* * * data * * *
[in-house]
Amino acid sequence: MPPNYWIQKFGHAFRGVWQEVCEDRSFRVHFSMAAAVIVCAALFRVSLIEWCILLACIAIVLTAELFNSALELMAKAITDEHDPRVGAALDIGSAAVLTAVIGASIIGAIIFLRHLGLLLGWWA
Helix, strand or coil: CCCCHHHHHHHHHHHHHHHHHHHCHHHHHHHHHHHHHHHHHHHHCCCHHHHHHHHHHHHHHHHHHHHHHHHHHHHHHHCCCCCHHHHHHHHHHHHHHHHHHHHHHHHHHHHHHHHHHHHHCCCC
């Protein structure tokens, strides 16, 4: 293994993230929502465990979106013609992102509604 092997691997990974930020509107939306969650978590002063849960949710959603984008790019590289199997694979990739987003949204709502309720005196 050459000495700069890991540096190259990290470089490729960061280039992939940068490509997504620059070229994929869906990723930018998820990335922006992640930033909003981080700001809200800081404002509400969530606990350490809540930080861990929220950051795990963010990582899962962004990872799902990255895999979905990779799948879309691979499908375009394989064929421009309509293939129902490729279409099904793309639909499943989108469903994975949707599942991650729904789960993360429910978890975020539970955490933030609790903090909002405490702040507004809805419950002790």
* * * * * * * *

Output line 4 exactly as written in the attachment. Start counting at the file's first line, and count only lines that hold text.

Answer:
């Protein structure tokens, strides 16, 4: 293994993230929502465990979106013609992102509604 092997691997990974930020509107939306969650978590002063849960949710959603984008790019590289199997694979990739987003949204709502309720005196 050459000495700069890991540096190259990290470089490729960061280039992939940068490509997504620059070229994929869906990723930018998820990335922006992640930033909003981080700001809200800081404002509400969530606990350490809540930080861990929220950051795990963010990582899962962004990872799902990255895999979905990779799948879309691979499908375009394989064929421009309509293939129902490729279409099904793309639909499943989108469903994975949707599942991650729904789960993360429910978890975020539970955490933030609790903090909002405490702040507004809805419950002790």